Colonial Guatemalan Silversmiths – exquisite works of art!
Guatemala housed workshops for some of the finest silversmiths in the world! Ornate religious silver objects were crafted in town and, while many were made for local Catholic churches, others decorated the finest homes in this colonial capital. Items included chalices, ornate crowns for sculptures, processional banners, censers and an array of lovely objects. Exquisite silver objects were also exported including a rare collection by Guatemalan silversmith, Blas de Abila, found in Navarra, Spain. Blas, his sons and grandsons were the finest silversmiths in Guatemala in the 18th century! The women of the family also played a very important role as this workmanship and expertise was passed down from generation to generation.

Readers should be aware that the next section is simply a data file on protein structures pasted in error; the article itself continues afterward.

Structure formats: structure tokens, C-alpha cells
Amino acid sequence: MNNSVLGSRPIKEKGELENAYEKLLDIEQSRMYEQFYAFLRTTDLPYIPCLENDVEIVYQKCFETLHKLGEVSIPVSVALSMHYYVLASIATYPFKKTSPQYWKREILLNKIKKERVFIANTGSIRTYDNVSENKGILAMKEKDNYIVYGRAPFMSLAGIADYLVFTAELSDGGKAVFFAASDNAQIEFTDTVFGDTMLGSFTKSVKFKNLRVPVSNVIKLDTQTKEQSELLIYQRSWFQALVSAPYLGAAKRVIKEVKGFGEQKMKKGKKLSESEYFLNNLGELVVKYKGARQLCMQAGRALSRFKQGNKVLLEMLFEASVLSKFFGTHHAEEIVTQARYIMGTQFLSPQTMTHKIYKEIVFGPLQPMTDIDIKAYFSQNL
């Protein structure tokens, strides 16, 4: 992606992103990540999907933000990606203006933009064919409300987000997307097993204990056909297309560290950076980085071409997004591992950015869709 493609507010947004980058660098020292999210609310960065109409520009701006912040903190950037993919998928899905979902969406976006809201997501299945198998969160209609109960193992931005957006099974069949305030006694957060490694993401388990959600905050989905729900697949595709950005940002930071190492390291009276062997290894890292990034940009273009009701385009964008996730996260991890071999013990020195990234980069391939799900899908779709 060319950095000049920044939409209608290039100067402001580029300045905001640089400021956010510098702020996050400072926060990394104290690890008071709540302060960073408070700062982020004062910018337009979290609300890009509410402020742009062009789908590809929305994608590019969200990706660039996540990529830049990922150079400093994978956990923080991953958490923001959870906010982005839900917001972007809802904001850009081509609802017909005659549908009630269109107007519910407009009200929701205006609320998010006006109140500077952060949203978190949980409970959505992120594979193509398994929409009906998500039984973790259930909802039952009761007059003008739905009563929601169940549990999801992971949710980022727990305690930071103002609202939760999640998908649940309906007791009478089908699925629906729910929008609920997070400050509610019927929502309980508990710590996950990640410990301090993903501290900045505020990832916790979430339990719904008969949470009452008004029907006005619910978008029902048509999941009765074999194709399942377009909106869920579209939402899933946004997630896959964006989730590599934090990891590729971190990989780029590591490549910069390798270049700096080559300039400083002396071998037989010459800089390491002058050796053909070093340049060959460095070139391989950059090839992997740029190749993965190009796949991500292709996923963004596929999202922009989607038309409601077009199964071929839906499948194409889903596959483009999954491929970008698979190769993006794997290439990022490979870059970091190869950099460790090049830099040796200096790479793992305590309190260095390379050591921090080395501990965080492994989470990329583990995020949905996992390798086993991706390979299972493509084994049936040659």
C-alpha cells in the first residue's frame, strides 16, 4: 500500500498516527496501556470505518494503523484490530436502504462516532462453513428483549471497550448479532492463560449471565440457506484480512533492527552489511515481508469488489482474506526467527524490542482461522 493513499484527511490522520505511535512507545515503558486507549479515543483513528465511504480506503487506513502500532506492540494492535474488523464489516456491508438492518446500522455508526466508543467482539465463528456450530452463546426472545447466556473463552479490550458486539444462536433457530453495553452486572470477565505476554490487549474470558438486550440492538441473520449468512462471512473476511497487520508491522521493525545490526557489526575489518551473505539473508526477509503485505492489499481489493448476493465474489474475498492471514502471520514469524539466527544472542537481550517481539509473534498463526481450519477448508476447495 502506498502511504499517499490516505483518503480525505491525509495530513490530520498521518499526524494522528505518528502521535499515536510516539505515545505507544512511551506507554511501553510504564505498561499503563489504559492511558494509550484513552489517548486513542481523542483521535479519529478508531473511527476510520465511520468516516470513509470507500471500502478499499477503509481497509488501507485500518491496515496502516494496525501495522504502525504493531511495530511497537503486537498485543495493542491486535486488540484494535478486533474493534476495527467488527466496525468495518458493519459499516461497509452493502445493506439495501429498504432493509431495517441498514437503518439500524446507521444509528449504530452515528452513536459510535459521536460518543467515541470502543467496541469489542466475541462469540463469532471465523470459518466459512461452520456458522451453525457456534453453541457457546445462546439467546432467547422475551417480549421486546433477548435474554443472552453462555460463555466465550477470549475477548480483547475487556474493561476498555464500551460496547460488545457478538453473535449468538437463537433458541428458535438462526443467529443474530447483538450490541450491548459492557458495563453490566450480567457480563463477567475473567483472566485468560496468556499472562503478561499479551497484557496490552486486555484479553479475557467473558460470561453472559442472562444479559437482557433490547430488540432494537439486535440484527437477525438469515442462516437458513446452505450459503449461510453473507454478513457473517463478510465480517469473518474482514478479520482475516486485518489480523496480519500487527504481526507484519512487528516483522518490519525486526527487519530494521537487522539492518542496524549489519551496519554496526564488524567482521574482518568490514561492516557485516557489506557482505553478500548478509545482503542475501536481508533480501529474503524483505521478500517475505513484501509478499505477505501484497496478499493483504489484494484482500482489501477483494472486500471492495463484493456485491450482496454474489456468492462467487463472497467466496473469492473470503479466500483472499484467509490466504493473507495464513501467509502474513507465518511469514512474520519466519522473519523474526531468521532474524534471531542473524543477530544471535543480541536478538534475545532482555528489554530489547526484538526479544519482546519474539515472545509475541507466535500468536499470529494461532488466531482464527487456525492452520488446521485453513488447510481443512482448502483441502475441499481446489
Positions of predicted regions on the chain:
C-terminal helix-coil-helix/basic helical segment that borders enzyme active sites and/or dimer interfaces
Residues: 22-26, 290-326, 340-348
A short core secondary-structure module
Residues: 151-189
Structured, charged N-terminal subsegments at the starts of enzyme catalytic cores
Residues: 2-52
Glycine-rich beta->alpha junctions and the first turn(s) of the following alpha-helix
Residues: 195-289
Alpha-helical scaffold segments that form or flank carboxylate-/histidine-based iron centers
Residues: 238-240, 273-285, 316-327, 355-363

Belonging to a special guild, silversmiths were also known for their drawing and compositional skills as they sculpted the most elaborate designs of the day. Workshops had drawing tables, design books with flowers and birds and the necessary tools to create intricate detail such as chisels, hammers, squares and compasses.
The finest work of art in silver in Antigua today is the sculpture of St. Michael Archangel in the Silver Museum at the Paseo de los Museos shown in the photo. During a recent visit, Philippe Malgouryres , Chief Conservator of Heritage at the Louvre Museum in Paris, gave this sculpture a ranking of a 10 out of a 10 in the world! After I asked “why?” during his fabulous lecture on “Guatemalan Colonial Sculpture”, he responded “look at the detail in his hands”. Indeed, Philippe also confirmed that Guatemala has THE finest Spanish American sculpture. Join me on my Cultural Walking Tour and we can enjoy viewing silver together!
(Photos at the Silver Museum by Carlos Josue Grande)